Mathematica Stack Exchange is a question and answer site for users of Mathematica. Join them; it only takes a minute:

Sign up
Here's how it works:
  1. Anybody can ask a question
  2. Anybody can answer
  3. The best answers are voted up and rise to the top

I want to solve the equation $\frac{abi}{a+bi}=4-2i$, where $a$ and $b$ are real numbers. I know from hand-solving the answer is $a=5$, $b=-10$. How do I get Mathematica to tell me this?

I tried:

Solve[a b I/(a + b I) == 4 - 2 I, {a, b}]

but this returns

{{b -> -(((2 + 4 I) a)/((-4 + 2 I) + a))}}.

I tried

Solve[a b I/(a + b I) == 4 - 2 I, {a, b},Reals]

but this returns

Solve[a b I/(a + b I) == 4 - 2 I, {a, b},Reals].

Is there a simple way of getting Mathematica to solve this, without knowing lots of special Mathematica commands? In searching out the answer on this site, I see workarounds that a newbie to MMA would never think of themselves, nor understand what they are doing that gives the right answer.

share|improve this question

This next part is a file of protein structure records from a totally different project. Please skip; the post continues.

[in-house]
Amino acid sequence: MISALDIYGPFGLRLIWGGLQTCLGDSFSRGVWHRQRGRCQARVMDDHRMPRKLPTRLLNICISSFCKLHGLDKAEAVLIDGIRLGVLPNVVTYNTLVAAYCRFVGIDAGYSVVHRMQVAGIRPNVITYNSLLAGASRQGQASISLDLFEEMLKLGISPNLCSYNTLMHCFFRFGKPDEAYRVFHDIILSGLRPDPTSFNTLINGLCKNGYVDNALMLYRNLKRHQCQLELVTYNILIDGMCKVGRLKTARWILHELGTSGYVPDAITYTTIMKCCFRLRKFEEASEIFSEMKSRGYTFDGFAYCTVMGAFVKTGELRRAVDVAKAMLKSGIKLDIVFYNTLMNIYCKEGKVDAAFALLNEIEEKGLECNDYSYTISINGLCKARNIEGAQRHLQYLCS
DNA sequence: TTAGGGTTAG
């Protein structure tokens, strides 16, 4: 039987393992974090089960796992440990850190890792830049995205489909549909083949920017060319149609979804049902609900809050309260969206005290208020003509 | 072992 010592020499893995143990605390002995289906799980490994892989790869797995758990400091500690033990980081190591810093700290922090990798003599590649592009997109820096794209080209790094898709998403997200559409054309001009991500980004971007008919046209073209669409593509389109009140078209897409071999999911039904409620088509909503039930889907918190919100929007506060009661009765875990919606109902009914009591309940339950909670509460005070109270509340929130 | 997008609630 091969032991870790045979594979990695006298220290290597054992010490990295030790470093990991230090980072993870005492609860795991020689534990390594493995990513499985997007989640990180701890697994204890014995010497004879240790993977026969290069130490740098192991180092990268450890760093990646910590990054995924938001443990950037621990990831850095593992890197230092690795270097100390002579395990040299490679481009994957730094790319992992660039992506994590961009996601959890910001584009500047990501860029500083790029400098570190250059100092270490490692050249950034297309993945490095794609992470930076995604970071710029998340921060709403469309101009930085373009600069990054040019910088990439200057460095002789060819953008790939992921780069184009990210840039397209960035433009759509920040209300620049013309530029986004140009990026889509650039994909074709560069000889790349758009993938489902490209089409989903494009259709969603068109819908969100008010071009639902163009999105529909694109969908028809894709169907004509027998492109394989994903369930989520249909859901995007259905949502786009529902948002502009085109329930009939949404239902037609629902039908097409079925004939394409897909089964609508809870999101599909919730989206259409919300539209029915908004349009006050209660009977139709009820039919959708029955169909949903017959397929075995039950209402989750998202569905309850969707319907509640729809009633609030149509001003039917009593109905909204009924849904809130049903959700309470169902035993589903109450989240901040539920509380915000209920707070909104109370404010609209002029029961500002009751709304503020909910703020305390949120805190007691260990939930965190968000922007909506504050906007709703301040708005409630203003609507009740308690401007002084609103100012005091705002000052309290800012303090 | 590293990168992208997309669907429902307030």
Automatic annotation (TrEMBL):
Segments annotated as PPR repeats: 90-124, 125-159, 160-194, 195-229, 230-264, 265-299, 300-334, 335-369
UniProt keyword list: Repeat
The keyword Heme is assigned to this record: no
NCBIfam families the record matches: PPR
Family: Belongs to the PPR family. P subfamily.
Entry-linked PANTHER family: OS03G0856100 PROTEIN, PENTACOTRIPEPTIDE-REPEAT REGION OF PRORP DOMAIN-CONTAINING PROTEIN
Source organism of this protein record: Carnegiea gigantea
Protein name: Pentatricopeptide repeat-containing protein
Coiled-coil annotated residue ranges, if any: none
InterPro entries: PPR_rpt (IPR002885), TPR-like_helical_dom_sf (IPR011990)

Solve[a b I/(a + b I) == 4 - 2 I && (a | b) ∈ Reals, {a, b}]. This might be slightly related: Solve an equation in R+. – Artes Dec 18 '13 at 14:18
That works - thanks! What does (a | b) mean? Specifically, what's the pipe? – GregH Dec 18 '13 at 14:21
See Alternatives. You can use Solve[a b I/(a + b I) == 4 - 2 I && a ∈ Reals && b ∈ Reals, {a, b}] as well. – Artes Dec 18 '13 at 14:23
@Artes If you make your comment an answer I'd mark it as my favorite. The one given currently is essentially the same, but yours is more succinct and, imo, more intuitive. – GregH Dec 19 '13 at 11:39
I'm glad I could help, but I think you could accept the answer given by Alexei since that one is quite appropriate. On the other hand you might find helpful more detailed discussion of Reduce and Solve: What is the difference between Reduce and Solve?. – Artes Dec 19 '13 at 15:27
up vote 4 down vote accepted
Reduce[a b I/(a + b I) == 4 - 2 I && a \[Element] Reals && 
  b \[Element] Reals]

(* b == -10 && a == 5 *)
share|improve this answer

Your Answer


By posting your answer, you agree to the privacy policy and terms of service.

Not the answer you're looking for? Browse other questions tagged or ask your own question.